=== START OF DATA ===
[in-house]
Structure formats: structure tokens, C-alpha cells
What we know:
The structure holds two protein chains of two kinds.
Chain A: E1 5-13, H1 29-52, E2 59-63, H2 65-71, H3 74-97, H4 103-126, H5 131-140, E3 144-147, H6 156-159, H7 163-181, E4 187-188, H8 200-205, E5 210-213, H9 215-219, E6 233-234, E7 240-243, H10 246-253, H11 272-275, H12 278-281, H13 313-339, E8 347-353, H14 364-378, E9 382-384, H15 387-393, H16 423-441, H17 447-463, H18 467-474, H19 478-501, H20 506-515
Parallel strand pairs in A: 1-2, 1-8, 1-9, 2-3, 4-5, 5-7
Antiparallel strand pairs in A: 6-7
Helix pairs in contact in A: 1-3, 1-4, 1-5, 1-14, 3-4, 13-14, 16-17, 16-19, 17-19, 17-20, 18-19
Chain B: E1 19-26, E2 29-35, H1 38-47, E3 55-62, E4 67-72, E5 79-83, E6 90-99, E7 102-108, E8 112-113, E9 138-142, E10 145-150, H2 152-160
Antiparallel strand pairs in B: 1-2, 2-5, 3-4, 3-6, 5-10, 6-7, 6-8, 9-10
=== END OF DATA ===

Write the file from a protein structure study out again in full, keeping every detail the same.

[in-house]
Structure formats: structure tokens, C-alpha cells
What we know:
The structure holds two protein chains of two kinds.
Chain A: E1 5-13, H1 29-52, E2 59-63, H2 65-71, H3 74-97, H4 103-126, H5 131-140, E3 144-147, H6 156-159, H7 163-181, E4 187-188, H8 200-205, E5 210-213, H9 215-219, E6 233-234, E7 240-243, H10 246-253, H11 272-275, H12 278-281, H13 313-339, E8 347-353, H14 364-378, E9 382-384, H15 387-393, H16 423-441, H17 447-463, H18 467-474, H19 478-501, H20 506-515
Parallel strand pairs in A: 1-2, 1-8, 1-9, 2-3, 4-5, 5-7
Antiparallel strand pairs in A: 6-7
Helix pairs in contact in A: 1-3, 1-4, 1-5, 1-14, 3-4, 13-14, 16-17, 16-19, 17-19, 17-20, 18-19
Chain B: E1 19-26, E2 29-35, H1 38-47, E3 55-62, E4 67-72, E5 79-83, E6 90-99, E7 102-108, E8 112-113, E9 138-142, E10 145-150, H2 152-160
Antiparallel strand pairs in B: 1-2, 2-5, 3-4, 3-6, 5-10, 6-7, 6-8, 9-10